Aaron Smith

Aaron Smith

Passion is contagious. Aaron Smith , Adjunct Faculty , The Art Institute of San Antonio, a branch of The Art Institute of Houston

What would you say is the defining moment in your life when you knew you were destined to become a creative professional?

I began my academic career in the field of archaeology, having been fascinated by the study of ancient cultures for as long as I can remember. My slight shift to the world of art history came when I held my first artifact—a small, hand-carved figurine from ancient Egypt. Observing its intricate detail, this fragile form sparked my desire to know more about the creation, context, and artistic value of the object itself. Through experiencing more works of art, my wider understanding of the interconnection between history, religion, literature, and art started to come into focus. Interest grew into passion, and passion is something worth sharing. Passion is contagious.

Is there a class assignment that exemplifies your approach to teaching and mentoring? Similarly, how does your approach inspire each student to push themselves beyond their own perceived limits?

During the first half of the term, students are given a series of weekly assignments that introduce them to the process of creating a formal analysis. These activities are designed to both introduce HOW to describe works of art and to investigate and apply WHY their cultural context is significant. Throughout this process, students develop the necessary skills that enable them to talk about art and appropriately apply these skills in the analysis of their own creative endeavors.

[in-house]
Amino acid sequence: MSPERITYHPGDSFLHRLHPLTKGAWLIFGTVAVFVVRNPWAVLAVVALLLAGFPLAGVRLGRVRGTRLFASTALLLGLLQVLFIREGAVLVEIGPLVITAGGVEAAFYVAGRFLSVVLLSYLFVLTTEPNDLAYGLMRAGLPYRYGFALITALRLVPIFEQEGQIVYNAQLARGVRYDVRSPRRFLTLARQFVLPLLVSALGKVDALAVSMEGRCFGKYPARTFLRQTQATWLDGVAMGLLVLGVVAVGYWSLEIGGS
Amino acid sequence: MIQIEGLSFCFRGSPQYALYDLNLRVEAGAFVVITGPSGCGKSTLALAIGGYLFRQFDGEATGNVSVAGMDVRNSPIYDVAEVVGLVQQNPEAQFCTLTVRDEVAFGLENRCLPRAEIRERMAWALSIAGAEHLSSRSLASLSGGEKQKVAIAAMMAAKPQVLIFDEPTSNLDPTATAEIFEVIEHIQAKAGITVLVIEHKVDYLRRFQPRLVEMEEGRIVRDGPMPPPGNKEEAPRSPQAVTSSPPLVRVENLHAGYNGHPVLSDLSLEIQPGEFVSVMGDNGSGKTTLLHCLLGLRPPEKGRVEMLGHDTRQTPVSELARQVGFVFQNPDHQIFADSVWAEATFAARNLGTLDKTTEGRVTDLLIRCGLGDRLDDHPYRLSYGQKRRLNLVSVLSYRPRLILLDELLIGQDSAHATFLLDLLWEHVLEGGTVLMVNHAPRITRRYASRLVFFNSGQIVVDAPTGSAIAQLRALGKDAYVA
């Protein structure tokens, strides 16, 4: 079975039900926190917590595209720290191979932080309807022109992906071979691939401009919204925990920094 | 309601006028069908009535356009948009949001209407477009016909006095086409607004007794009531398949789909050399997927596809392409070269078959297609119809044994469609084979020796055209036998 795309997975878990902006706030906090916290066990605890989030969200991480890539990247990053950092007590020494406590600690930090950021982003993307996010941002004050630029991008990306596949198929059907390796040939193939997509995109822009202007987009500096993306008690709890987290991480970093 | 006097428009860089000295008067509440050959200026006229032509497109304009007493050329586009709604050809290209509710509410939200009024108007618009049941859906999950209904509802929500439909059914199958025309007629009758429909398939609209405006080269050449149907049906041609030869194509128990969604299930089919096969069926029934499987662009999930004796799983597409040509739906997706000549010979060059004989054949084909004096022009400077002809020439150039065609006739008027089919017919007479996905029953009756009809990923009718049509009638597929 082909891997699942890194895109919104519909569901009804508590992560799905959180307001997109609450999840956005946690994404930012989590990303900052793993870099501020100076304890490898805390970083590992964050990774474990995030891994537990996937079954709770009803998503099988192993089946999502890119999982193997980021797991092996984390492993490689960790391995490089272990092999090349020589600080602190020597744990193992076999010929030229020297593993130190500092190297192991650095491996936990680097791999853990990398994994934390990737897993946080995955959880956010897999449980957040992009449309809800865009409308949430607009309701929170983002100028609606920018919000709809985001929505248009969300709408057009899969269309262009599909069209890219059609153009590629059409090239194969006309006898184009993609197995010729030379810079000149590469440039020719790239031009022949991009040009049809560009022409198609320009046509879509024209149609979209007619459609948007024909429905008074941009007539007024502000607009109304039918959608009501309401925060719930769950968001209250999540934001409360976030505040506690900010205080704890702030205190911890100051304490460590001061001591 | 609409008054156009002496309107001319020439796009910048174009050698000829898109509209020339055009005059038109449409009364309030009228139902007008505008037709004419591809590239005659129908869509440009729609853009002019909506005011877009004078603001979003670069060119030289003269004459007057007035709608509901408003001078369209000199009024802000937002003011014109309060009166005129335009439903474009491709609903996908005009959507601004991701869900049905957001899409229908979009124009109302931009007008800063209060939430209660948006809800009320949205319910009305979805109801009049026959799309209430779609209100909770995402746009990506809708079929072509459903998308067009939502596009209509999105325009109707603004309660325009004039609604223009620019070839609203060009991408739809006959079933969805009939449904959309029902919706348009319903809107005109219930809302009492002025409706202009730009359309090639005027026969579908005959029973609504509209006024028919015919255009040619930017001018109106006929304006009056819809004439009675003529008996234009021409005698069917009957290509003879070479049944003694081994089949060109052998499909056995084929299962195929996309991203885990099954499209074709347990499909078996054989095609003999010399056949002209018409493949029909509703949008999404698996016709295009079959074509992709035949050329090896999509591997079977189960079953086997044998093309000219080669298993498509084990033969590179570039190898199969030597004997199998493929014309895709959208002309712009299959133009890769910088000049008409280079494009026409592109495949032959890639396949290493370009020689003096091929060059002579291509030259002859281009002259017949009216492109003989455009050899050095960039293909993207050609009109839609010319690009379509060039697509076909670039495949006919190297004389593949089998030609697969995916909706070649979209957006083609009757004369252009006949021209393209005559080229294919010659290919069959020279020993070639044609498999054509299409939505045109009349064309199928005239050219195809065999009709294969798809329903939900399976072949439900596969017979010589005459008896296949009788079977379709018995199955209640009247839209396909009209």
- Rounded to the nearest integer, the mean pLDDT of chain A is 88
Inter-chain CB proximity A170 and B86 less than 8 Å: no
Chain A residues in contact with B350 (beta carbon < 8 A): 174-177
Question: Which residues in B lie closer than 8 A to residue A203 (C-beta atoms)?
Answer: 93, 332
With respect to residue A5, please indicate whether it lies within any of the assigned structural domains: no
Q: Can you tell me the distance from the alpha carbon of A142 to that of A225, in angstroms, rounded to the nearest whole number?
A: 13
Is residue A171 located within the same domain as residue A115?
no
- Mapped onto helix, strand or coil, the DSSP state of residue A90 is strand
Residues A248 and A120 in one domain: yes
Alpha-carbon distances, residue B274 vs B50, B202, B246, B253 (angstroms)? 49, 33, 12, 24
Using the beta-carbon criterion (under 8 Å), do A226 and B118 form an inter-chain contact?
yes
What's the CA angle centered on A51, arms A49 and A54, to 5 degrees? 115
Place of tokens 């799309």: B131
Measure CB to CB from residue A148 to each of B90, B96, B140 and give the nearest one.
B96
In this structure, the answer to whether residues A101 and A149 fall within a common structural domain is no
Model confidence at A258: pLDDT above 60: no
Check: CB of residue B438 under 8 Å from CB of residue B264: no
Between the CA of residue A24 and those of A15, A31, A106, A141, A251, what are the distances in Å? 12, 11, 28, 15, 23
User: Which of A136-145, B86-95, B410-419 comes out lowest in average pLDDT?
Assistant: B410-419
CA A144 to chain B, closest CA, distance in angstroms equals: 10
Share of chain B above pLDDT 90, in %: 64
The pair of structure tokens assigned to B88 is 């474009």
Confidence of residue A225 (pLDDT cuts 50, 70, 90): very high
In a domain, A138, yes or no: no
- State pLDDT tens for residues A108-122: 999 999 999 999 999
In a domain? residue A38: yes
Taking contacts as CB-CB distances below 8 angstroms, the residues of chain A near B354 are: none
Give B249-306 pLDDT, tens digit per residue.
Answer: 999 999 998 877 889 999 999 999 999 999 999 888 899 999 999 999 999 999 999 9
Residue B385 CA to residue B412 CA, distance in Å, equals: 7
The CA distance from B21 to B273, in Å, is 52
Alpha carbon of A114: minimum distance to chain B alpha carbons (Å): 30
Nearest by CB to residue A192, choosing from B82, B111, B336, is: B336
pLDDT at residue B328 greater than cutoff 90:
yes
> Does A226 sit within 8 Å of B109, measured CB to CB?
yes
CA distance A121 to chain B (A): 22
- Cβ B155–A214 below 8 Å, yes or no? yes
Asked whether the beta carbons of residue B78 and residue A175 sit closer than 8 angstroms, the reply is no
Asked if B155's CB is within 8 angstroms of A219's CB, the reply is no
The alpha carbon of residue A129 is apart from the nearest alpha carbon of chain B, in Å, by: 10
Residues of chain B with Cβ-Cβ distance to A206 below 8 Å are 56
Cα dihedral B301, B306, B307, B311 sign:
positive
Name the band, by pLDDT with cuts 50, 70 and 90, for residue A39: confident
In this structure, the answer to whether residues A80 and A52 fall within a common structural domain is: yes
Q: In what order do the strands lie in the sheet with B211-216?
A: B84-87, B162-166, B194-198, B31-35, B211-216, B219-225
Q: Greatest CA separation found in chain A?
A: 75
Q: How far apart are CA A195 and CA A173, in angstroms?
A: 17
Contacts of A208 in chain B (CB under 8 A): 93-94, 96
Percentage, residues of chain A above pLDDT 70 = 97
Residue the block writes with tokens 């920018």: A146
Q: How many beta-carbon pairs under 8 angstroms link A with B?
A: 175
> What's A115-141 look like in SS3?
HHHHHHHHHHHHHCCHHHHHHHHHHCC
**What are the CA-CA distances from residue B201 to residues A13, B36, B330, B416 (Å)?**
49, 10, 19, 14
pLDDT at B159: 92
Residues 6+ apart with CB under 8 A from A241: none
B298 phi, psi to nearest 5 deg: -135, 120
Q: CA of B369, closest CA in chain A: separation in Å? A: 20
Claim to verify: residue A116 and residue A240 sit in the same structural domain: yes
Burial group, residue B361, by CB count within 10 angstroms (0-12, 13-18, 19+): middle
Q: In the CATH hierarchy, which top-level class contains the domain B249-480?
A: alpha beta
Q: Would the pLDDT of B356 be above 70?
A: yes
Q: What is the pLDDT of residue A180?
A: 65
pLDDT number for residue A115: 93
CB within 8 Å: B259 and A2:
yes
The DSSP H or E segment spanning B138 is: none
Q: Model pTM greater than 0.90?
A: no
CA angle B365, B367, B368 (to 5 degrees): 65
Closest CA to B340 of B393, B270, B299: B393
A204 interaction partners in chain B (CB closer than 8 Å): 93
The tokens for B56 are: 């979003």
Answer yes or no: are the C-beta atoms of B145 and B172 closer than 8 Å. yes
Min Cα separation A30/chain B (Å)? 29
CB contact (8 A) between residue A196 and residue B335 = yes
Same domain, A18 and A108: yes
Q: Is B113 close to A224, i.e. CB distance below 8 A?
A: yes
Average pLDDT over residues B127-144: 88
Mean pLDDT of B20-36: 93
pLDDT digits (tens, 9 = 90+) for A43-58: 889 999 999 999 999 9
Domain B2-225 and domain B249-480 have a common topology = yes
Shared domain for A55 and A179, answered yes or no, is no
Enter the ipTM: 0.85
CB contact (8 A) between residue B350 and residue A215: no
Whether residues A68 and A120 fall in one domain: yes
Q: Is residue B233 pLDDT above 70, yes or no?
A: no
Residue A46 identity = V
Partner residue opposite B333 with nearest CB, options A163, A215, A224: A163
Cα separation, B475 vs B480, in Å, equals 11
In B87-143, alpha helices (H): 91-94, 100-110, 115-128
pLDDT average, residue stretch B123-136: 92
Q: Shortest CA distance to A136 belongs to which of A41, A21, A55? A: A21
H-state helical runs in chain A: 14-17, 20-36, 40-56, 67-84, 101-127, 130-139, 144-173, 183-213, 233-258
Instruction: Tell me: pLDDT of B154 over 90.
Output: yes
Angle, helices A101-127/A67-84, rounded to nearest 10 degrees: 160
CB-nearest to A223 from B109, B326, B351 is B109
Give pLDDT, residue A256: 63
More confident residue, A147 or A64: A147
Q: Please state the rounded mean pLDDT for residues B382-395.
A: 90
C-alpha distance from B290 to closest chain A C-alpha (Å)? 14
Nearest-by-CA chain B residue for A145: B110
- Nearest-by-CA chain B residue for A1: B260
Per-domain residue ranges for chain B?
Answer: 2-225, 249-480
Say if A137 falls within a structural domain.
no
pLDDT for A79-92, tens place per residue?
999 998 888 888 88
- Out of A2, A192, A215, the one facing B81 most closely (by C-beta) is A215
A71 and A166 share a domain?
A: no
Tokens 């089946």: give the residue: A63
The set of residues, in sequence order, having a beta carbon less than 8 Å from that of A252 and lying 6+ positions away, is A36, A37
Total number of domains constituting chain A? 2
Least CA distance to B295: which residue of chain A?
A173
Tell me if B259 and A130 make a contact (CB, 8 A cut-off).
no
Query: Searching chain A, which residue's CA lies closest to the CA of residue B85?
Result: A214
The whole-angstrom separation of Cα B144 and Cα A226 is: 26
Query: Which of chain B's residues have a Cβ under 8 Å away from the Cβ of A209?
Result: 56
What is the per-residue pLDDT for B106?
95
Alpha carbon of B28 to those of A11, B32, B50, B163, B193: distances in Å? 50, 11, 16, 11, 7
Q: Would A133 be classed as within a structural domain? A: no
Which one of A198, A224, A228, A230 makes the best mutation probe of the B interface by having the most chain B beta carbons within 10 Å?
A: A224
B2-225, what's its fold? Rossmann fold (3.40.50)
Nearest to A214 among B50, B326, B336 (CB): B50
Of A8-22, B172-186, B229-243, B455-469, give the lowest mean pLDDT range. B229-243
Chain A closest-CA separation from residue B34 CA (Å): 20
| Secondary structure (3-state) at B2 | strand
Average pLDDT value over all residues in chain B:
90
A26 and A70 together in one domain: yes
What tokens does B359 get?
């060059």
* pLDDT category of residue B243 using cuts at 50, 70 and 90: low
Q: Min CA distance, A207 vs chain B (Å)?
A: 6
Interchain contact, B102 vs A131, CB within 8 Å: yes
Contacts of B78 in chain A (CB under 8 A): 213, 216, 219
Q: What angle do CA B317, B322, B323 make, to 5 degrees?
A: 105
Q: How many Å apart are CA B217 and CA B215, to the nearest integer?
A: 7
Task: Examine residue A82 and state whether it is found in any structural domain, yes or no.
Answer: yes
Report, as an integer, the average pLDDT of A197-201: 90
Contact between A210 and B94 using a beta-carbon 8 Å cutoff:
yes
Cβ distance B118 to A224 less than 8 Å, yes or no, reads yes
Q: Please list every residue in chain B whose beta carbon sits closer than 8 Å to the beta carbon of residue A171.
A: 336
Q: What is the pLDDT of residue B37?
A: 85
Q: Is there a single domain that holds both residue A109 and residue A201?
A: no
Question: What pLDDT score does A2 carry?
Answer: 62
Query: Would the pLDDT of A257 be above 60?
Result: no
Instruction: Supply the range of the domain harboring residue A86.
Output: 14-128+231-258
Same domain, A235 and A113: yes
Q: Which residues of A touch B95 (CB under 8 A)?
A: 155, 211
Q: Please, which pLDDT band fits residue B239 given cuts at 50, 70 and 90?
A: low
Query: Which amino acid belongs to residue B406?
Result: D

What role does collaboration contribute to students' success, especially when students from other programs contribute to the same project?

Student collaboration is an essential part of the course, from daily classroom discussion to their final group project.  Every student brings with them a unique frame of reference through which they experience the world, and every interaction they have can help them critically evaluate their point of view, learn from the experiences of others, and grow to find deeper value in the works they create. 

In your opinion, what is the single most important thing you impart to your students to help them succeed in your class and in the real world? Alternatively, what is the most critical advice you would offer any student as he / she embarks on a creative career?

You are never expected to walk out of the classroom loving every work of art and every art movement, but it is expected that you come in with an open mind willing to understand their value and significance. If you give it a chance, you might discover that everything is often more than it might first appear.